eMarketer: How much have you delved into Spanish-language search? Is there a difference from English search engine marketing and search engine optimization strategy?
Rodriguez: We designed our overall Hispanic search strategy program in tandem with our general market activities and use a combination of Spanish and English search terms. We go to market holistically to not cannibalize and compete against ourselves in vying for the appropriate keywords. This is a very efficient way of going into a market for us.
“We designed our overall Hispanic search strategy program in tandem with our general market activities and use a combination of Spanish and English search terms.”
There’s no rulebook yet. We haven’t been able to identify the right approach. We continue to optimize that whole process. The key is the element of “always on” and making sure we’re covering the market in both languages.
eMarketer: What vehicles or segments get the most attention?
Rodriguez: We definitely look for where the volume opportunities reside in the overall market—as well as from a regional standpoint. The Hispanic market in totality overindexes. Our concentration for the demographic is on the B segment (Ford Fiesta), which is what the industry refers to as the entry point of the market, the C and D segment (Ford Focus, Ford Fusion) and then, small utility (Ford Escape).
When you look at where the concentrations of sales are in the industry, the Hispanic market is very much concentrated in those areas, and our strategy is aligned to that. Certainly, on our side of the equation, makes like the F-150 are always very important and have a lot of regional appeal. We have efforts that identify that, too.
eMarketer: Where do you see growth? Where have you found success?
Rodriguez: Those particular segments continue to do well and grow. Certainly, as the economy has picked up, we’re seeing uptick in other segments, such as full-size pickup and medium sport utility. But the concentrations of the sales are in those four segments.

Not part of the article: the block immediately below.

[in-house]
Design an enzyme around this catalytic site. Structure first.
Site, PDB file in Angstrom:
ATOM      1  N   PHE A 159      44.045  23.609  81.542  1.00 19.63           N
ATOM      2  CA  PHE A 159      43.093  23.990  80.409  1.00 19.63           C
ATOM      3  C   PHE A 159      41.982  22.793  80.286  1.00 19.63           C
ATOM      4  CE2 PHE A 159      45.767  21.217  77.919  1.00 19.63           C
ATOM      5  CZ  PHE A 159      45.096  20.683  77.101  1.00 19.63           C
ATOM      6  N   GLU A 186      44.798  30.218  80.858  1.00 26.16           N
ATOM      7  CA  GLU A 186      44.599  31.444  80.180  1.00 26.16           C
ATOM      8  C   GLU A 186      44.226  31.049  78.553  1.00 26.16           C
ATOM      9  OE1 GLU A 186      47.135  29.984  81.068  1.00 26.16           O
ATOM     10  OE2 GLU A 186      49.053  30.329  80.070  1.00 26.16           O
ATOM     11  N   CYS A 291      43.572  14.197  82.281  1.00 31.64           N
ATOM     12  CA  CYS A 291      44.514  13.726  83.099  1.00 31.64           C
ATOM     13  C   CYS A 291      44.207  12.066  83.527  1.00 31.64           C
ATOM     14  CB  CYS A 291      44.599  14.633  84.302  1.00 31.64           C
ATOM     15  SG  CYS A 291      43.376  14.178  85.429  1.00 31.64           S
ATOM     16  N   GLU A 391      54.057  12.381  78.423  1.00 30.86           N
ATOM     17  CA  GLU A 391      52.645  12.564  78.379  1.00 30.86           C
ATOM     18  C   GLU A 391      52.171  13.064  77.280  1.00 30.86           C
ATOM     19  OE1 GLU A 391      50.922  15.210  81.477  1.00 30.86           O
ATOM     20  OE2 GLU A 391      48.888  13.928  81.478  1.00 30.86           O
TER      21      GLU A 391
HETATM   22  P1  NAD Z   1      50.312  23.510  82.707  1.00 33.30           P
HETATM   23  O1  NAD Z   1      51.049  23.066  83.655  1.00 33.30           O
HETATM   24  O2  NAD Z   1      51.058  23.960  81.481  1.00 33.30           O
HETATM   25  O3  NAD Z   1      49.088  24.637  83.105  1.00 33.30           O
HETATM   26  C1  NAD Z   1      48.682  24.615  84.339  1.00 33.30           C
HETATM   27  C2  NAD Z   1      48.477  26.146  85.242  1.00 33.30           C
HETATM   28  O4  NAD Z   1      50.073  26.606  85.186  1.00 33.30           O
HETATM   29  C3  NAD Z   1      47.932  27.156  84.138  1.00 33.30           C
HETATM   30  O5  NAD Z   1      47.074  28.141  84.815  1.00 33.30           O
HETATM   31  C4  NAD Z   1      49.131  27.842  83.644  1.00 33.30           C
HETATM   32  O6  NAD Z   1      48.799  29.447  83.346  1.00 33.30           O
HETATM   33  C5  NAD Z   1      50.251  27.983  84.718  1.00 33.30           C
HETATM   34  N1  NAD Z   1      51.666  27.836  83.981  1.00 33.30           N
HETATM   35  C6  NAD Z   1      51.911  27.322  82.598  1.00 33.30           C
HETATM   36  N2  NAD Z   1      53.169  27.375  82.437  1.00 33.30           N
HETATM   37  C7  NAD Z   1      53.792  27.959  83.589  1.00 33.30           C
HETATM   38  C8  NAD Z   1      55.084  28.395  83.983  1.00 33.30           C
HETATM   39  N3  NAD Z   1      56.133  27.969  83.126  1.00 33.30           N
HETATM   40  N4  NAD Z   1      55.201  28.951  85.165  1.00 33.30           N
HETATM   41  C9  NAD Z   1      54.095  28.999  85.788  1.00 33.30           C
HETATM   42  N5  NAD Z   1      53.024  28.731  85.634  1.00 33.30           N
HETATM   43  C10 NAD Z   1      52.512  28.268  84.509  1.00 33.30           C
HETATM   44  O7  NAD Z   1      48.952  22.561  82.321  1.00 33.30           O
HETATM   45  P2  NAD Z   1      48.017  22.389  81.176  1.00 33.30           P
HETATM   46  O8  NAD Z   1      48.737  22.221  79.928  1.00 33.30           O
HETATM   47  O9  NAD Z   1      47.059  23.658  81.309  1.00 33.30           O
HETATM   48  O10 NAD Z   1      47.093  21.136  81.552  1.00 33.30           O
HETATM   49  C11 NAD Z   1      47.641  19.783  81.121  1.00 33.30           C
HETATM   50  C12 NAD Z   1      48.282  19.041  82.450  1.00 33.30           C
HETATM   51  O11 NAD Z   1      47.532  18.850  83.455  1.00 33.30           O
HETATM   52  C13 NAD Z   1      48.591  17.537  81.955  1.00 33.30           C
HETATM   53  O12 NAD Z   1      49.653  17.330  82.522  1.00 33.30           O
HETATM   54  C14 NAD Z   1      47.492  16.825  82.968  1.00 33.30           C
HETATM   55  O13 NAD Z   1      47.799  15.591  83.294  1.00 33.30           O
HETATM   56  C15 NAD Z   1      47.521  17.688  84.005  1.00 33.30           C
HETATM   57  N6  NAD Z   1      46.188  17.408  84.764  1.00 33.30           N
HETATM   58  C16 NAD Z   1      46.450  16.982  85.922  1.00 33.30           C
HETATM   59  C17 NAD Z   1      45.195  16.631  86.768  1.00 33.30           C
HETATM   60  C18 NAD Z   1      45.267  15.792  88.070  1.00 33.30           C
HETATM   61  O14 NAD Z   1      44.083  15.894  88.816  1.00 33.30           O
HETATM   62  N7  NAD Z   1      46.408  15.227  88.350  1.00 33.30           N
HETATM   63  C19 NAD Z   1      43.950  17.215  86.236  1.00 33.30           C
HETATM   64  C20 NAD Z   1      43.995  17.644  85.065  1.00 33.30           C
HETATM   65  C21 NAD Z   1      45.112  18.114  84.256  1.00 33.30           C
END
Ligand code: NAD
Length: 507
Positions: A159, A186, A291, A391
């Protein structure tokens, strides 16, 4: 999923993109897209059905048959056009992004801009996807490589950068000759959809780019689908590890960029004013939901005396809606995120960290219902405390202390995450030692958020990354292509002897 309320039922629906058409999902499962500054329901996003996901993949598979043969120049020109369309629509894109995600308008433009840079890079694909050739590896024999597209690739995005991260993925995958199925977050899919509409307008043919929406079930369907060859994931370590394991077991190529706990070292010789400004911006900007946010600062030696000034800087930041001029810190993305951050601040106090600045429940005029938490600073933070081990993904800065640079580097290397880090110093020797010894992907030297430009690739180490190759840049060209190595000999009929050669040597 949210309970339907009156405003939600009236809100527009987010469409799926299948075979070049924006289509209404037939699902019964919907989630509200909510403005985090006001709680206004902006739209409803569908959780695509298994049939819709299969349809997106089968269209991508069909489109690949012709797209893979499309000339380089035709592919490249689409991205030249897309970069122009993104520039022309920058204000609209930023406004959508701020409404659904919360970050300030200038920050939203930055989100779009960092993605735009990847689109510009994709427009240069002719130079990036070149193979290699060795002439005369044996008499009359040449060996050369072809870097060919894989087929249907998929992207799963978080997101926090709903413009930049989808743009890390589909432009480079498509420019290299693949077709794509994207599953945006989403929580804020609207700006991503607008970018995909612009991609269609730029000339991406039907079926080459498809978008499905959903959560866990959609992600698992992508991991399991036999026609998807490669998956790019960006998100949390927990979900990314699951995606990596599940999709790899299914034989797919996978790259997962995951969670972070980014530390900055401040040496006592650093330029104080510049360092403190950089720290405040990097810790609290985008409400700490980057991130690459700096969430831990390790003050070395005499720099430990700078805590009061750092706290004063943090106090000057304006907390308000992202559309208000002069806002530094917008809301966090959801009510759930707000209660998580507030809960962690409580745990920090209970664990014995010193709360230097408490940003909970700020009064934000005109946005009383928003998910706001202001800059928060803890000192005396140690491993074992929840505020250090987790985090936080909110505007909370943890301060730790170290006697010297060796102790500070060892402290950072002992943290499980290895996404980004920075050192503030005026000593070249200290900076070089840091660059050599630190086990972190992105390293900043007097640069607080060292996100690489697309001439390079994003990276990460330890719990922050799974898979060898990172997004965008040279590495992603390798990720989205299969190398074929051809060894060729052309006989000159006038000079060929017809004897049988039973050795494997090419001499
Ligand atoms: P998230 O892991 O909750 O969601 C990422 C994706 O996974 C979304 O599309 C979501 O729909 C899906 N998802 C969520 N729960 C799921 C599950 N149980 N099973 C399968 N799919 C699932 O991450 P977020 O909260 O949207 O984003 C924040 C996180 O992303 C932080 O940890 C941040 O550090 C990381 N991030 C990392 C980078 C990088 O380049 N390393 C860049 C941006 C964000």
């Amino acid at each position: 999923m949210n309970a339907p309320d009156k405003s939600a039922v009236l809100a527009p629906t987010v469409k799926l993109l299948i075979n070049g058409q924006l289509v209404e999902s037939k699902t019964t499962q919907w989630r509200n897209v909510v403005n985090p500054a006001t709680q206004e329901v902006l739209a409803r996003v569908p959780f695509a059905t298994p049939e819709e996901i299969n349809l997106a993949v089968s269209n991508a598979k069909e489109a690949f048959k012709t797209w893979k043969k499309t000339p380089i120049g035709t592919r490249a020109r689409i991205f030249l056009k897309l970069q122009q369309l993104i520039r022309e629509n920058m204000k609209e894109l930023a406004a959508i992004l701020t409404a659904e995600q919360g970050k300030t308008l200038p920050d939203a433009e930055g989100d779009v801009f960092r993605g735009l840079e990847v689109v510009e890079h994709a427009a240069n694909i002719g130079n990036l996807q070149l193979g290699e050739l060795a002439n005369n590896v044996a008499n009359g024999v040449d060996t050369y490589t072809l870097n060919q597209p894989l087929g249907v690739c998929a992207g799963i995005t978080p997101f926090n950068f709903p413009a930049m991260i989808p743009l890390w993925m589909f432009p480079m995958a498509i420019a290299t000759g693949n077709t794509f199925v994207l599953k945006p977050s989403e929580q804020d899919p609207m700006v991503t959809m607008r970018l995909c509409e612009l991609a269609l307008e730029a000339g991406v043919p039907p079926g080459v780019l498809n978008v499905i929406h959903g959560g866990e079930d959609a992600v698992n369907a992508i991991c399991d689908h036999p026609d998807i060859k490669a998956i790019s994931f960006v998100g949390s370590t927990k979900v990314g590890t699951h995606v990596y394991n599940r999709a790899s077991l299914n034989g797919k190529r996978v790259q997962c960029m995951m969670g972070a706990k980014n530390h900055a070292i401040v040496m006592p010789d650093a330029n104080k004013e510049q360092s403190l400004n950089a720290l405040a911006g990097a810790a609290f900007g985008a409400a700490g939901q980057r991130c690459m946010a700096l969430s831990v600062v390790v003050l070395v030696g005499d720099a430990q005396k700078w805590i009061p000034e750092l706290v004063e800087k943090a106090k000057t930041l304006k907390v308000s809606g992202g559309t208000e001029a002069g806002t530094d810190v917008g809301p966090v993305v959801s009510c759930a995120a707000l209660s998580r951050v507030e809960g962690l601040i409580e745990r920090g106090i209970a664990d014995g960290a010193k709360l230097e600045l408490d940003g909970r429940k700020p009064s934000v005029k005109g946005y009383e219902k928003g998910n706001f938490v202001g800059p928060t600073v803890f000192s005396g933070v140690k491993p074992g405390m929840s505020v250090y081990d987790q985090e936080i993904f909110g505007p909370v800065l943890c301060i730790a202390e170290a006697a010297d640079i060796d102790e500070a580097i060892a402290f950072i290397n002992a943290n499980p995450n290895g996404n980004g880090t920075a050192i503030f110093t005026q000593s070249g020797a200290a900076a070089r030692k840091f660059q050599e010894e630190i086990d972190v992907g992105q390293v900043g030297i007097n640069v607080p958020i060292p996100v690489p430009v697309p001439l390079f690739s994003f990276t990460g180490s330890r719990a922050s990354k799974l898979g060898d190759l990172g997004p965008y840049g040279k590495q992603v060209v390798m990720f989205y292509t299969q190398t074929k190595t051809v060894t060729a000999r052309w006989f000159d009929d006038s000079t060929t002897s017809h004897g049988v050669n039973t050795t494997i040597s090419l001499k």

Certainly, everyone is grappling with fuel economy challenges. In particular, we see the Hispanic market very, very cognizant of that—and looking for vehicle solutions that deliver great miles per gallon.
eMarketer: What are the biggest challenges for automakers today that want to engage the Hispanic market?
Rodriguez: The recurring theme for us is the identification of benchmarks. There is, of course, a wealth of information on the overall industry. But, as it relates to the in-language portion of the industry, there are limited benchmarks. Granted, we need to have the right ideas in order to develop programs.
It’s tough to do the projection on performance and identify how high is up. We continue to try to establish our own benchmarks, as well as access what the industry makes available for us. It’s getting a lot better, but it’s definitely still an opportunity for all of us.
Another challenge is this go-to-market approach as it relates to language. The easy marker in engaging Hispanics is to lean into the language piece of it. It’s easily identifiable, and you can certainly go to different partners that are delivering that audience. But, the quest is to keep up with the trends, particularly with the US-born Hispanic market, which is becoming an increasingly large part of the overall population, and this notion of living in both worlds. We continue to try to stay in the forefront of that.